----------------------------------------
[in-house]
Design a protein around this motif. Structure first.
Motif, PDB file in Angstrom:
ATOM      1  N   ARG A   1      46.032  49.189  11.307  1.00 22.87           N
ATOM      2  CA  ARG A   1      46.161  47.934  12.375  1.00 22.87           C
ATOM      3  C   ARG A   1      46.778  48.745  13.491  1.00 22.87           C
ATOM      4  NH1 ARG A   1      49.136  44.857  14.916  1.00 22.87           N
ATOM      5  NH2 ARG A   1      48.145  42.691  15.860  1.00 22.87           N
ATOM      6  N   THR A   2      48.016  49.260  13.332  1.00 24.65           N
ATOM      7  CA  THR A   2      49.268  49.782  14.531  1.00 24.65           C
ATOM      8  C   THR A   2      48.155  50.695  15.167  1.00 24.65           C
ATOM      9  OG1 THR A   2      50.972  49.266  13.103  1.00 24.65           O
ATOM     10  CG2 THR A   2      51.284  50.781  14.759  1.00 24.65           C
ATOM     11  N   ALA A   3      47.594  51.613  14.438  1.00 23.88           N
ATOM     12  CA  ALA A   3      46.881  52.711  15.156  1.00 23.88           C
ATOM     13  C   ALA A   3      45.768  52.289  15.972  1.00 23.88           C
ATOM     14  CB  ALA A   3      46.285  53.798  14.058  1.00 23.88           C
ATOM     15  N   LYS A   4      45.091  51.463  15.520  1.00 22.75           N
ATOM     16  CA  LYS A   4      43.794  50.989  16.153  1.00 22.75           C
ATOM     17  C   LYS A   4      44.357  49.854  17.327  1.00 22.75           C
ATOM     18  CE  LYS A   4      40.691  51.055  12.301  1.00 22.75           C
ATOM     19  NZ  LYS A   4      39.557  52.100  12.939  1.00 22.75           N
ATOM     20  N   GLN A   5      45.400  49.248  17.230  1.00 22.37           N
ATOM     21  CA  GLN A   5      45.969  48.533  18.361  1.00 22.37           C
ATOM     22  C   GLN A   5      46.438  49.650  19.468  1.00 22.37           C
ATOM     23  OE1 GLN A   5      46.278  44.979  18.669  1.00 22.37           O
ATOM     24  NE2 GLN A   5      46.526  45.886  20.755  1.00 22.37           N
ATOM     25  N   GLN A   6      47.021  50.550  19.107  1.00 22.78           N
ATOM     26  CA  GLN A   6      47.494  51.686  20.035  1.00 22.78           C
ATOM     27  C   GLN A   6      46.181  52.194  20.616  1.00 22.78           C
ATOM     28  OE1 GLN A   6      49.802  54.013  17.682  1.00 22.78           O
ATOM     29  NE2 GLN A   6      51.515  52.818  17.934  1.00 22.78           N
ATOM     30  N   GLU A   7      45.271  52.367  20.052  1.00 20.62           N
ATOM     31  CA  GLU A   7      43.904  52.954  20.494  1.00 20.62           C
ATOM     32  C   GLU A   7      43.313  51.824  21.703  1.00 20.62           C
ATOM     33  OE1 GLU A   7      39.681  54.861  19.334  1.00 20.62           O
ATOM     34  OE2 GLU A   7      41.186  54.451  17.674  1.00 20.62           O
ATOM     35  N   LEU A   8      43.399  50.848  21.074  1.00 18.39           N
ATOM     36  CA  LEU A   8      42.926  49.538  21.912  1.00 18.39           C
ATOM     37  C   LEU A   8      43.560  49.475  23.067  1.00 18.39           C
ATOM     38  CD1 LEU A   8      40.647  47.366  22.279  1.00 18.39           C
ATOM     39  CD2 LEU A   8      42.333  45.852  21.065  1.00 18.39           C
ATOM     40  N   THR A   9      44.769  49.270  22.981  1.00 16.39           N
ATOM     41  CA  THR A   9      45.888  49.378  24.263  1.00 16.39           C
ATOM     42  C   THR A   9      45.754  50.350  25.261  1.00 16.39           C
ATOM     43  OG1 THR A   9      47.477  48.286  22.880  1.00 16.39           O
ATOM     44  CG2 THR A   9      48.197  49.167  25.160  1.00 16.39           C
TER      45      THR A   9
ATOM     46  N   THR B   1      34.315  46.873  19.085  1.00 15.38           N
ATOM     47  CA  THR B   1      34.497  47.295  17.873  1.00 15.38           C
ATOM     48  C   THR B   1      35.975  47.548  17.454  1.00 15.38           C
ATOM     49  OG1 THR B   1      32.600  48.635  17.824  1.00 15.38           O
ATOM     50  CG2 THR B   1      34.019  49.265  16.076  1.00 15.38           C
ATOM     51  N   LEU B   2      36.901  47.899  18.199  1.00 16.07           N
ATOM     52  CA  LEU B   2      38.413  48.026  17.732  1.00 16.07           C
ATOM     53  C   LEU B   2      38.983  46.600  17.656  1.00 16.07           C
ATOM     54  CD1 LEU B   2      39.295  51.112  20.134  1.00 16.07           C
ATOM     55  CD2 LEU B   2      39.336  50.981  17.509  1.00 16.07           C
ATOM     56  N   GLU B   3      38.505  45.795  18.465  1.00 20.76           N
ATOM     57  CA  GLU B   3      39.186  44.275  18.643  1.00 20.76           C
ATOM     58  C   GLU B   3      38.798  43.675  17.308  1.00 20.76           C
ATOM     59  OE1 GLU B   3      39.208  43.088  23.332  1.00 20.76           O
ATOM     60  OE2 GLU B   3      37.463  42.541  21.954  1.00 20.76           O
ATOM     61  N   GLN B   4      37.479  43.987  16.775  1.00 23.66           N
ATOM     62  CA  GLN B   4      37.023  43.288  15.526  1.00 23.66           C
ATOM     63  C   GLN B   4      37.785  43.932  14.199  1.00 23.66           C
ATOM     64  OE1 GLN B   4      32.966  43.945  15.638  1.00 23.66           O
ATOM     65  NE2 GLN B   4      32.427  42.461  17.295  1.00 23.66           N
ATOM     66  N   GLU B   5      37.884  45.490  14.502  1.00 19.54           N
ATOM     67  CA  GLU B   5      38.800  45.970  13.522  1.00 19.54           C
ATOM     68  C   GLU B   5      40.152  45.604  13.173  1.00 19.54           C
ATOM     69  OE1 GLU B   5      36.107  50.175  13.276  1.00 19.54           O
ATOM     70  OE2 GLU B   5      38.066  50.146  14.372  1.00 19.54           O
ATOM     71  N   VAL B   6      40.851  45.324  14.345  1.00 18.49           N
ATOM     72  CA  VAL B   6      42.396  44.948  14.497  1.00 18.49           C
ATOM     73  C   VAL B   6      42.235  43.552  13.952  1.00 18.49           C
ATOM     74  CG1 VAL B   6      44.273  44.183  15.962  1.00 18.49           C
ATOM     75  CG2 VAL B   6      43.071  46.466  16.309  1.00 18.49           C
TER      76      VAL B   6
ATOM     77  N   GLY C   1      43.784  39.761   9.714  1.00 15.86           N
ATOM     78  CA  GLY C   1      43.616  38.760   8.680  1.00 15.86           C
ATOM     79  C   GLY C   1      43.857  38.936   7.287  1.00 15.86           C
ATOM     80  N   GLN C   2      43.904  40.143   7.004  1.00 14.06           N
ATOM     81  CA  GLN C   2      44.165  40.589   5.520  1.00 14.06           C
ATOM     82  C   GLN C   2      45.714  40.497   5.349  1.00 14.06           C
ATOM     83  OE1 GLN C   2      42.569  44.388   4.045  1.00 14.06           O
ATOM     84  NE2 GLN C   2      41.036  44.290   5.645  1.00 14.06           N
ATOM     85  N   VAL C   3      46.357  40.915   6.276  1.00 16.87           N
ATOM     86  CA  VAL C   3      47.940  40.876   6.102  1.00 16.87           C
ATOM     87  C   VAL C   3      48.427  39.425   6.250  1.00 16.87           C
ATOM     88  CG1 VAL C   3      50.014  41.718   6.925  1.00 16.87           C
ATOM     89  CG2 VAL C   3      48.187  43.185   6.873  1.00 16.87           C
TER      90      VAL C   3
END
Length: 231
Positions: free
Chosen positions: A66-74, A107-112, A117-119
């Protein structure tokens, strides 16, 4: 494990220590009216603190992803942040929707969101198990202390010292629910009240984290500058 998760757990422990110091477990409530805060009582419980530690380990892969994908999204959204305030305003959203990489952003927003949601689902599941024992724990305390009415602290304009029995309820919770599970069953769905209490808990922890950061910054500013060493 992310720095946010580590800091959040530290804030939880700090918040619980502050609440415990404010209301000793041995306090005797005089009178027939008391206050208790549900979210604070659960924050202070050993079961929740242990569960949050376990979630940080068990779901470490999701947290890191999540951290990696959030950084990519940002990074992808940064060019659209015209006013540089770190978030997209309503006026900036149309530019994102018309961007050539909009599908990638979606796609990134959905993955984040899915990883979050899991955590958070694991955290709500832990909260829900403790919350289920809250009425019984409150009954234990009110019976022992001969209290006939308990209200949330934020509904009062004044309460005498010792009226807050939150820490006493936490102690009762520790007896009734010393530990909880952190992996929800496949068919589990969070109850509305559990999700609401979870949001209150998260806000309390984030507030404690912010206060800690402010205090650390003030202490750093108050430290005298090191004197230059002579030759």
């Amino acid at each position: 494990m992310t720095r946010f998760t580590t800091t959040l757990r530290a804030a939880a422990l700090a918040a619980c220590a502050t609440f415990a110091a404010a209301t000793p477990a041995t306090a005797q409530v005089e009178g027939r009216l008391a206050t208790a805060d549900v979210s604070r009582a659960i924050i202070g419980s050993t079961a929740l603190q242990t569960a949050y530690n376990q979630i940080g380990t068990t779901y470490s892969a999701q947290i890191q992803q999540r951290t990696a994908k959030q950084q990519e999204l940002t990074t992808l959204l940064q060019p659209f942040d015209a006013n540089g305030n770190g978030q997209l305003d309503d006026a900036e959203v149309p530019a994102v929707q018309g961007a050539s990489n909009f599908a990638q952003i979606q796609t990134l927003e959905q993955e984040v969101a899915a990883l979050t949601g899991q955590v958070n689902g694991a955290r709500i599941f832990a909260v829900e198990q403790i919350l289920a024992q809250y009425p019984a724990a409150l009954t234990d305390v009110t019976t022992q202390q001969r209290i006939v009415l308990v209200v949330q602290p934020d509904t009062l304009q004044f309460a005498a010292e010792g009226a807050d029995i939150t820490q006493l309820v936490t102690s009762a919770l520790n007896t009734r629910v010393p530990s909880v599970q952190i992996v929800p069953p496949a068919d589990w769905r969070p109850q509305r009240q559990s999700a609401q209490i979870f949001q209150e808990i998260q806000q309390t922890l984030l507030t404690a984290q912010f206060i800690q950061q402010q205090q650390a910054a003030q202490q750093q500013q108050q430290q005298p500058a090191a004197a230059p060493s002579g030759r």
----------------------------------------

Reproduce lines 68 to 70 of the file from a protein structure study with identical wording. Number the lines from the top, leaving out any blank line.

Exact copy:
ATOM     65  NE2 GLN B   4      32.427  42.461  17.295  1.00 23.66           N
ATOM     66  N   GLU B   5      37.884  45.490  14.502  1.00 19.54           N
ATOM     67  CA  GLU B   5      38.800  45.970  13.522  1.00 19.54           C